I was really excited to have youon the show. Number One, I love barbecue. That is a likenear dear to my heart passion. Live in Montana, and God bless Montana, but this is a barbecue desert. There is no the barbecue culture hereis not viber but your background stood out to us as we're researching guests,because your educational background is you've got a degree political science. Does Not Screamthis guy is, you know, going to be a fantastic technical innovator.And yet in our pre interviews and some of the conversations we've had time andagain, you know, you've demonstrated a really deep, granular understanding of whatyou guys are trying to achieve, how best to achieve it technically. Ifyou were to give guidance to a friend or someone out in the audience thatsaying Hey, look, I'm interested in tech, I want to take this, my company, in a tech driven direction, but I don't have thatbackground. I'm not an engineer. You know I'm not a tech what guidancewould you would you share, like, how have you gotten to this place? You know, cut starting from. You know there's no technical background gettingthis place. What can you share about your journey? What lessons could youshare with that person out there saying, Hey, this is interesting to me, this is what I want for myself. How do I do it? Ithink it's if you have a dream in your mind and and you havea dream where you say this is what I want, and if you're atall afraid of how to get there, don't be just seek out the rightpeople. That's the key to everything. Seek out the right people to bearound and force yourself to learn right, learn the terminology, understand what they'redoing, have them dumb it down for you sometimes. Right. I meanthat's that's really the key to all of this. When I go back tothe time spent with with between hardware and software on this, going back andforth. It was. It was a constant battle of I've got to figurethis out, I've got to understand it well enough to where I can immersemyself in here and get at the result that I want. It all comesdown to the dream, I think, when you when you really have thatdream in your mind of what it is...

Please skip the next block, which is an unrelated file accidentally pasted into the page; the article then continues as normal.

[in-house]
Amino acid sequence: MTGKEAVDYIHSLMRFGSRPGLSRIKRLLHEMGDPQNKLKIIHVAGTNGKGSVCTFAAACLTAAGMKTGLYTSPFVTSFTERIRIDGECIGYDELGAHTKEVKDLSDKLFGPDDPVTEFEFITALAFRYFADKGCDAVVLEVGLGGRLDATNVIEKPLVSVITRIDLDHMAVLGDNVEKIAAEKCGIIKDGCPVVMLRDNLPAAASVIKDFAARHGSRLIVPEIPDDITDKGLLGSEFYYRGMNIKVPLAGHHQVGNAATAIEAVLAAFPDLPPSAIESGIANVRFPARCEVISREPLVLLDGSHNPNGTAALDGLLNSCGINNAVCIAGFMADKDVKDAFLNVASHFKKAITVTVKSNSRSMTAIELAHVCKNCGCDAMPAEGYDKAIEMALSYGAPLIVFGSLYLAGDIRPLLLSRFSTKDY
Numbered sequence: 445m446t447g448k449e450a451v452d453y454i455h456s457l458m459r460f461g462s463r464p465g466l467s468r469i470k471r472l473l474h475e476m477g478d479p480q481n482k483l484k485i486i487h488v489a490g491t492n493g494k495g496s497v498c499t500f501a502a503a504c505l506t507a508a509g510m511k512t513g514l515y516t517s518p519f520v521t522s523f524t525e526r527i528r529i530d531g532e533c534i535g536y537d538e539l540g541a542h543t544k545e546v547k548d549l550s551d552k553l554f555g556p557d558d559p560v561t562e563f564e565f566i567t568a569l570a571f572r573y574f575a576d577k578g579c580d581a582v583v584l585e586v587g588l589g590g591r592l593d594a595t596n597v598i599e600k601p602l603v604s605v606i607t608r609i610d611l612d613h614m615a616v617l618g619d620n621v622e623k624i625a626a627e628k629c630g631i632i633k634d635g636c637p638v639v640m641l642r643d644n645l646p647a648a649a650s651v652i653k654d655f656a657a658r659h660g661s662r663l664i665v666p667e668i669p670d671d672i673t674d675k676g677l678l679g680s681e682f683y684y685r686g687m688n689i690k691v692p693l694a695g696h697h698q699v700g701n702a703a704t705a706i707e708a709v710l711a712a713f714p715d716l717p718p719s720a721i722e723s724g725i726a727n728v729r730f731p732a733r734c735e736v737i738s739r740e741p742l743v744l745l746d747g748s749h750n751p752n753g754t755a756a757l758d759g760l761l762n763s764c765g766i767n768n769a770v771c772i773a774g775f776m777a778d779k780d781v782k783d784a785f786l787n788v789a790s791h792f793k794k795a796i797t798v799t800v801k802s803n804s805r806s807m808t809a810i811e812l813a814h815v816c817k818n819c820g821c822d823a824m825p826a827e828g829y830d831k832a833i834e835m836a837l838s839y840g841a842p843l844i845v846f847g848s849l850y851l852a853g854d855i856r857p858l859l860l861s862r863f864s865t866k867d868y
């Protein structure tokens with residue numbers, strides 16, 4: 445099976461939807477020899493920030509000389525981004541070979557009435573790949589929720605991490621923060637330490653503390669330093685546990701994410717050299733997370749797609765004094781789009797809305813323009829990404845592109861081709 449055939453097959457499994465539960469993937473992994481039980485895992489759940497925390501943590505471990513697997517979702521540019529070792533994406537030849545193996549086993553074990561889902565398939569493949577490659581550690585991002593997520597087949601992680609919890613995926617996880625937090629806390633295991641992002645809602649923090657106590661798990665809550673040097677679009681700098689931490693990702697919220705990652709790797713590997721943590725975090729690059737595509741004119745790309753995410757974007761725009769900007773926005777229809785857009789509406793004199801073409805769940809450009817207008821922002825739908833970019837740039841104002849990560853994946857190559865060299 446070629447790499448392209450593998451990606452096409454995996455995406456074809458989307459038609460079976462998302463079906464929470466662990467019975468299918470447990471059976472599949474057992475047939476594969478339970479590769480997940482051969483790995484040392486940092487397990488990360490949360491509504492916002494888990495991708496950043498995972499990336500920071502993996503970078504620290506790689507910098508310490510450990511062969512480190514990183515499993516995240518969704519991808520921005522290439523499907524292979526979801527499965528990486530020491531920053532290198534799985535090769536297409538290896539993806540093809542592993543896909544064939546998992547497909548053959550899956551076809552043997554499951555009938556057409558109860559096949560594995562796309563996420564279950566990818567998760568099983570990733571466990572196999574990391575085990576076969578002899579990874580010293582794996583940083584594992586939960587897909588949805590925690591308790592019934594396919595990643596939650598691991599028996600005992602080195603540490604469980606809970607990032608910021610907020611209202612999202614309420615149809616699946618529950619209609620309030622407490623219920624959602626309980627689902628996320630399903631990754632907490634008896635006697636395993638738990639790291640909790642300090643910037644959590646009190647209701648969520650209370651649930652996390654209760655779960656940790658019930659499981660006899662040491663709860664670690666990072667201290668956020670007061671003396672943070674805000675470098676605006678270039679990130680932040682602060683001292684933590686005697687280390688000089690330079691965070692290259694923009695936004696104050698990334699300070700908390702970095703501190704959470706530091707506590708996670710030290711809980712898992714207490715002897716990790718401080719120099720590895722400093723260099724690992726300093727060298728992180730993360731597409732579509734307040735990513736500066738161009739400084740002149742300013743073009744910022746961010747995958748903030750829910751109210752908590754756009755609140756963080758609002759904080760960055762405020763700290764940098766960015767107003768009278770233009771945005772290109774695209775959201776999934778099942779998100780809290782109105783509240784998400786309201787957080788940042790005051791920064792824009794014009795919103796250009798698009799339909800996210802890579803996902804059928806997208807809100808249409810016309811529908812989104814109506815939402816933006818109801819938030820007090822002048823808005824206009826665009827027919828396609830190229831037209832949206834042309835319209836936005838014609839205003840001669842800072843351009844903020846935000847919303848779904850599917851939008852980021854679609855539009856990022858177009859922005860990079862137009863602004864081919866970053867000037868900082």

...your what you want out of yourproduct, what you want your consumer to be able to play with, youhave to just go in hard and learn this stuff. It's that simple,it really is. You don't need to agree on this, you just needto get in the heads of some of these some of these guys who areobviously a lot smarter than you, and that's the key, finding the rightpeople that can help you carry out your vision, and that's that's where itall it all starts. I mean I think back to I was on myway to law school and a buddy of mine called me up and said,Hey, what do you think about taking over this bar and at Arizona StateUniversity, and I said that sounds like a phenomenal idea. Right. Idon't think everybody else was that thrilled about in my family, but at thetime I wasn't ready. I wasn't prepared mentally to go to school for notthree years. Well, at that moment I looked at that from the standpointof how do we make this easier? We started doing things from a technologystandpoint with with POS and and utilizing text on screens and and utilizing ways inwhich we could we could blast out information to students around there. We starteddoing things early on that really took the bar industry that everybody does. Noweverybody does everything, but it was early on in kind of a a podunkbar where we started to learn that technology helped people in a lot of ways. So at that point, then moving on into solar. Solar was abig part of my journey as well. You started a solo a solar companyhere in Arizona and started integrating solar panels on rooftops. Well, you learnedreal quick that there's a lot of technology involved in this and when you putthem in schools, they are these interfaces where the the informations being gathered andput on these screens for these kids to learn. I love that stuff.So I just again. I would would get on the phone with these engineers. I'd learned everything I could so that when I was in a sales typeof situation, I could talk as as an engineer. That was important tome. Never saying that, I was just saying I understand how this works. Owned by the way, I can...